Each year, more than two million Americans experience whiplash. Also called a neck strain or sprain, it occurs when the head suddenly snaps forward, then backward in a whip-like motion that over-stretches the joints, muscles and ligaments of the neck and upper back. Rear-impact car accidents are the most common cause. But you can also get a whiplash from a fall, physical abuse or from high-impact sports, such as snowboarding, skiing, boxing, football or gymnastics.
A few facts about whiplash that are good to know:
- It does not take a great deal of force to cause a whiplash. Car-related whiplash injuries, for instance, can occur from low-impact vehicle accidents traveling at speeds as low as 5-10 mph. Anyone riding in a vehicle should wear a seatbelt and adjust their headrest to fully support the head.
- Aging increases the risk of whiplash injuries. Older people, and those with neck problems such as arthritis, may experience more serious whiplash than a younger person.
- Symptoms can occur later. Although neck pain is common immediately after a whiplash injury, some people do not experience pain until a few hours, days or even weeks later. A later onset of symptoms does not indicate a more severe injury; but regardless of when the pain starts, do not ignore it.
- Inactivity prolongs the pain. Resting for more than a few days following whiplash can cause the muscles in your neck, shoulders and back to get stiff and weak — and prolong the pain.
The primary symptom of whiplash is neck pain, but symptoms can vary. Some may only suffer minor discomfort, while others experience one or more of the following: Tightness or spasms of the muscles of the neck or upper back; pain with movement of the neck; headache and dizziness (symptoms of a concussion); difficulty swallowing and chewing and hoarseness; abnormal sensations such as burning or tingling, shoulder pain and upper back pain.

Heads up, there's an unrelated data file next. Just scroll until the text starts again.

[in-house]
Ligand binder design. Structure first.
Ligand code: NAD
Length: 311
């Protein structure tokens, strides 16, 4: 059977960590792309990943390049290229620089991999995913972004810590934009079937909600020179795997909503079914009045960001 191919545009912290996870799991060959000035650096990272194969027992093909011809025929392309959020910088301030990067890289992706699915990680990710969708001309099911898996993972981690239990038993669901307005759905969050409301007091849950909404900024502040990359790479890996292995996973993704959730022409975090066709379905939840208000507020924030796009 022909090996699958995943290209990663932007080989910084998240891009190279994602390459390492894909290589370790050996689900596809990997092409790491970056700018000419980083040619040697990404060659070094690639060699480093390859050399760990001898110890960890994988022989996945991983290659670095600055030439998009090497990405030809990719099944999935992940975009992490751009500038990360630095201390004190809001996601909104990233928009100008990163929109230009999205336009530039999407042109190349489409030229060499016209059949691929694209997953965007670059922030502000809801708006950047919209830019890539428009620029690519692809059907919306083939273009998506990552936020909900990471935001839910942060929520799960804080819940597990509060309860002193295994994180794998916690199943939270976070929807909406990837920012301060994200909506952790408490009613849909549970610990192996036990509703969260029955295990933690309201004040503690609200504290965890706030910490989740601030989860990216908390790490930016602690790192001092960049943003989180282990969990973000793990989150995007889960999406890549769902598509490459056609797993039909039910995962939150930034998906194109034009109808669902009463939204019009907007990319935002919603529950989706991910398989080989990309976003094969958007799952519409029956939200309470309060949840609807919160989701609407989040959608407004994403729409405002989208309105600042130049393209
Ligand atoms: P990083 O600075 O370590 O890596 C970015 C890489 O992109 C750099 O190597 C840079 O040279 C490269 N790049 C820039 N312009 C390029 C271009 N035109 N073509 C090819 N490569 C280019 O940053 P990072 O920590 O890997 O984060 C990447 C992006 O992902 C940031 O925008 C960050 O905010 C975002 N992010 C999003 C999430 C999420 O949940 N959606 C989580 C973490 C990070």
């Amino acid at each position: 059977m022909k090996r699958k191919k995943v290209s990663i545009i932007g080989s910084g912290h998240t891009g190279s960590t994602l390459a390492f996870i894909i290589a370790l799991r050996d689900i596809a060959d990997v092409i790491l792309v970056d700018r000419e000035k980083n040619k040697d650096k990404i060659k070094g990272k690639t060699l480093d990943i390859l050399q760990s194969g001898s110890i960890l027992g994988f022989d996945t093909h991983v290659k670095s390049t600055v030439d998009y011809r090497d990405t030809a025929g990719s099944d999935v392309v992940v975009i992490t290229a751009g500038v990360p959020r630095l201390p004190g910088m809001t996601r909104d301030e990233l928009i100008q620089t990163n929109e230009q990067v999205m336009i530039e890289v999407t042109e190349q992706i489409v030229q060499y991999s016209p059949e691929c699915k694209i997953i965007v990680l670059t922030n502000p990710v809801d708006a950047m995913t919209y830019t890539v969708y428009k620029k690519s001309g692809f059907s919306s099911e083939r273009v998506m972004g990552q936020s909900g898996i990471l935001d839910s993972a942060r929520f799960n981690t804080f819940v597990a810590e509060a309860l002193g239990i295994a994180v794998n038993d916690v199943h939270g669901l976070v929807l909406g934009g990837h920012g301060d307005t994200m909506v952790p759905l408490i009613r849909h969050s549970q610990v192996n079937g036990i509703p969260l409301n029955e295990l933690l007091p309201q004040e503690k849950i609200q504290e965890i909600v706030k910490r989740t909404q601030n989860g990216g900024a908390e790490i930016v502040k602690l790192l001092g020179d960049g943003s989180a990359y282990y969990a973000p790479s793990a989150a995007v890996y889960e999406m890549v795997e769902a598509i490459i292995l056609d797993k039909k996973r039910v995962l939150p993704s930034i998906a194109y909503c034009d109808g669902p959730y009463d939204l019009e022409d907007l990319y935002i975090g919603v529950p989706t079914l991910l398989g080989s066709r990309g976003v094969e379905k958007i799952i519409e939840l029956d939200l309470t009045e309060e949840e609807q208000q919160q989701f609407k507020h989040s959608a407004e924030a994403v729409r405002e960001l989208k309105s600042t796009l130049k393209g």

Severe whiplash can also include injury to the intervertebral joints, discs, ligaments, cervical muscles, ligaments and nerves of the neck or upper back.
Over time, most whiplash patients fully recover. In the majority of cases, the pain will fade on its own within a month. If it persists or worsens, see your doctor for further evaluation.
When seeing whiplash patients at the Barr Center, we recommend they return to normal activity as soon as possible to keep the neck healthy and flexible. Physical therapy can also help to alleviate symptoms and recondition the muscles. Other treatment options may include the limited use of a cervical collar, medications to reduce swelling and muscle spasms, spinal manipulation, and ultrasound and electrical stimulation (but only in the early treatment stages) to reduce pain and assist in getting an active therapy program started.
When the ligaments of the neck are overstretched and patients say their head feels too heavy for their neck, a unique treatment called Prolotherapy can be a game changer for whiplash patients. At the Barr Center we perform this procedure, a natural process that stimulates the repair of soft tissue and joints. It involves injecting a solution of Dextrose, Phenol and Glycerine mixed with Lidocaine into damaged or overstretched connective tissue and joint capsules. The solution helps to strengthen collagen and restore elasticity, while enhancing joint stability and reducing pain. Unique to our practice, we optimize alignment of the neck, upper back and rib cage before performing Prolotherapy, so that people get the best possible results.
In addition to aiding whiplash patients, Prolotherapy is effective in treating pain due to ligament laxity, repetitive overuse injuries, poor posture, improper stretching and traumas of various kinds.
As they say, an ounce of prevention is worth a pound of cure. The best way to protect yourself from whiplash when driving is to wear your seat belt correctly every time you are in the car. Make sure the headrest is not too low and avoid driving in an overly reclined position. Athletes and sports enthusiasts (especially those who participate in contact sports) should wear appropriate equipment, like padding, and always use good technique to avoid neck injuries.
I hope this background will help shed light about whiplash, its symptoms and ways to enhance the recovery period. If you are experiencing neck or upper back pain, see your doctor for a complete evaluation. Do not ignore it. And do not wait to make an appointment.